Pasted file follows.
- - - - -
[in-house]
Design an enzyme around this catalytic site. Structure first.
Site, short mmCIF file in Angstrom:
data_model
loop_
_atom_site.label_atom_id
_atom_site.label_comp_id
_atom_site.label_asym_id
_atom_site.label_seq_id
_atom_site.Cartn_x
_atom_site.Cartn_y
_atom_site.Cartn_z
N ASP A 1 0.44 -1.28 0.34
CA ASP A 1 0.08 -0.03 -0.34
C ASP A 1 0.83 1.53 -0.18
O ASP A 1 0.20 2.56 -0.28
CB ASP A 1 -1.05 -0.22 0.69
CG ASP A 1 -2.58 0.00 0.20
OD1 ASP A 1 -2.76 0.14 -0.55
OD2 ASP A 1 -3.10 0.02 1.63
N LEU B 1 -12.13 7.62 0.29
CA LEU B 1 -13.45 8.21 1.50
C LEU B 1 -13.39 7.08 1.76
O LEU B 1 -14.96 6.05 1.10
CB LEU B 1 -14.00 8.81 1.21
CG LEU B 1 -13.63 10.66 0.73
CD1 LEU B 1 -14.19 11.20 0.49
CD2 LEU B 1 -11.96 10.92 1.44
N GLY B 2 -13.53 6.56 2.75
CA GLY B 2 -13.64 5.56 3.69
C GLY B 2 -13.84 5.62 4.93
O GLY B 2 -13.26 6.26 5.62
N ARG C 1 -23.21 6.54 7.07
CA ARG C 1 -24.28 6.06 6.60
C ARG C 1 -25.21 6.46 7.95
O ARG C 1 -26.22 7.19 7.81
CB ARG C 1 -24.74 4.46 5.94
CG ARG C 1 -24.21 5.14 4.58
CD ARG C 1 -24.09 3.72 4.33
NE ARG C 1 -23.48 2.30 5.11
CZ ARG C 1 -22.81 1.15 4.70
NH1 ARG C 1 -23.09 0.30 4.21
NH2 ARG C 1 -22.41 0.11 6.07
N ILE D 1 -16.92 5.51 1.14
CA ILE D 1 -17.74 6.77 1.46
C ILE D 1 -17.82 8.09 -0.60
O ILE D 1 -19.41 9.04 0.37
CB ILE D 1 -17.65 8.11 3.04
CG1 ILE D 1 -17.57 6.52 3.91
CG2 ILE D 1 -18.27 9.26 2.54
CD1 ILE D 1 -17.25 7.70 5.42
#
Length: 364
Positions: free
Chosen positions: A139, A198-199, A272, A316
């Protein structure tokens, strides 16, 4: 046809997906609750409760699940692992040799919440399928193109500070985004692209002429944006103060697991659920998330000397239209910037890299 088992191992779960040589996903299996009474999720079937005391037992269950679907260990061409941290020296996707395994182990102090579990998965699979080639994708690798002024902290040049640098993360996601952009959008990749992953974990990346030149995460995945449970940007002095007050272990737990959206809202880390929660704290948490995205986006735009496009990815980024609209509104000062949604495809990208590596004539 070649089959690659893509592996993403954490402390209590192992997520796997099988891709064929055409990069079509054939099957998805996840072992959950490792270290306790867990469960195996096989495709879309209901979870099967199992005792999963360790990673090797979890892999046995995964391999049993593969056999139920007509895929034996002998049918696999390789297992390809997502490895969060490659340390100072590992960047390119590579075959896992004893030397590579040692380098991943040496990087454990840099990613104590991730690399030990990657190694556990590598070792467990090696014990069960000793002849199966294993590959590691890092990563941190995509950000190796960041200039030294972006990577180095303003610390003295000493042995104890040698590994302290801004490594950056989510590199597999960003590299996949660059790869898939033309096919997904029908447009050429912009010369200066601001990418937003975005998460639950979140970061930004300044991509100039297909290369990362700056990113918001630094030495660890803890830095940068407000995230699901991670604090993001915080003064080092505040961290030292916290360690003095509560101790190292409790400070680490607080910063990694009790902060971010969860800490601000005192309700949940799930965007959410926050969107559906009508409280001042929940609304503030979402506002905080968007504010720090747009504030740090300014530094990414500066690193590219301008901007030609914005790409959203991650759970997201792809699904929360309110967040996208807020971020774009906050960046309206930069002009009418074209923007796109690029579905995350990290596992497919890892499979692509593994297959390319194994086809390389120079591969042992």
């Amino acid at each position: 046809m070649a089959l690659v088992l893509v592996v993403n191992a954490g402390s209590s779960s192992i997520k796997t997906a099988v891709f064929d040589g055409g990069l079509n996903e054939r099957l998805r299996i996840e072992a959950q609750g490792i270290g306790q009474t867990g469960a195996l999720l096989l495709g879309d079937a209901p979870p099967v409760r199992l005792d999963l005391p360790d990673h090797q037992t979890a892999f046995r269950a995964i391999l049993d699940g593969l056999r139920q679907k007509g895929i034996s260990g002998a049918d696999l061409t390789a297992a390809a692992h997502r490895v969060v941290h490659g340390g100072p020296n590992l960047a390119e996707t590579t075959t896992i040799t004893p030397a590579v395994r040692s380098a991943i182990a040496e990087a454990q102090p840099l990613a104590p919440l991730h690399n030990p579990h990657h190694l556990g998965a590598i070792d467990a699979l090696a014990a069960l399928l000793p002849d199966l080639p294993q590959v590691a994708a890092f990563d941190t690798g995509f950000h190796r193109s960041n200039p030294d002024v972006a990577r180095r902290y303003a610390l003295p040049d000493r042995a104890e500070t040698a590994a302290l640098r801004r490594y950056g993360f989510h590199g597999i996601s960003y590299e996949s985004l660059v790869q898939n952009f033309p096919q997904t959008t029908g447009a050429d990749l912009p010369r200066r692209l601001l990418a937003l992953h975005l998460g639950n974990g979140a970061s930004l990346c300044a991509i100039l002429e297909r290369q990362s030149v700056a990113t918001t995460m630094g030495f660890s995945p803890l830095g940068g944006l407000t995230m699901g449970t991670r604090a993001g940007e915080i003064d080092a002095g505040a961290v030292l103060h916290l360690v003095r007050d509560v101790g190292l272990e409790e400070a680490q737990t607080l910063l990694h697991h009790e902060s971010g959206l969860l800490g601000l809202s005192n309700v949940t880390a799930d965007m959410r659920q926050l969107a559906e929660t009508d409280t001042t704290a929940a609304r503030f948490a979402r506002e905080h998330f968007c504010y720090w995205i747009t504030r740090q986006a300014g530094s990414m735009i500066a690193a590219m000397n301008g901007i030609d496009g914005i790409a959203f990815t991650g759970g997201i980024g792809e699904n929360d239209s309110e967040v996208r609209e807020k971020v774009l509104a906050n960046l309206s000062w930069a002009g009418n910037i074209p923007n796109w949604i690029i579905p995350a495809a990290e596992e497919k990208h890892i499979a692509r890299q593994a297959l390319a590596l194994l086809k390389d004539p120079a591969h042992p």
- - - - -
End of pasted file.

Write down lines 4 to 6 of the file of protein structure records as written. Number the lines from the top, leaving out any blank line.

data_model
loop_
_atom_site.label_atom_id